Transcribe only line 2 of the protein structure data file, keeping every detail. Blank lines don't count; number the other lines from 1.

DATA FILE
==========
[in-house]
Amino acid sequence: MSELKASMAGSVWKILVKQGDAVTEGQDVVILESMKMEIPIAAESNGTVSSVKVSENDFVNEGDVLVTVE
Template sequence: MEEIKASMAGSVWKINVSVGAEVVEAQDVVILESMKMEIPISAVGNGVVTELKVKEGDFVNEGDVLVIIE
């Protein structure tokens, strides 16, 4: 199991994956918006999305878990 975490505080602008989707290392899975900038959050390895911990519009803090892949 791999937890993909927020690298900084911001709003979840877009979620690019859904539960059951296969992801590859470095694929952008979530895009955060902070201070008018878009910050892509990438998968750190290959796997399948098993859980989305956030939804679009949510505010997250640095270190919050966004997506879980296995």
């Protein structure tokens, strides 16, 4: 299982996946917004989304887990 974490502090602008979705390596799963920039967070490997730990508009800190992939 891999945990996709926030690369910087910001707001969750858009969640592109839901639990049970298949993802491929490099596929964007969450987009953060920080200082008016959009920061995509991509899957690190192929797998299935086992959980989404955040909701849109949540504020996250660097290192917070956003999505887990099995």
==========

Amino acid sequence: MSELKASMAGSVWKILVKQGDAVTEGQDVVILESMKMEIPIAAESNGTVSSVKVSENDFVNEGDVLVTVE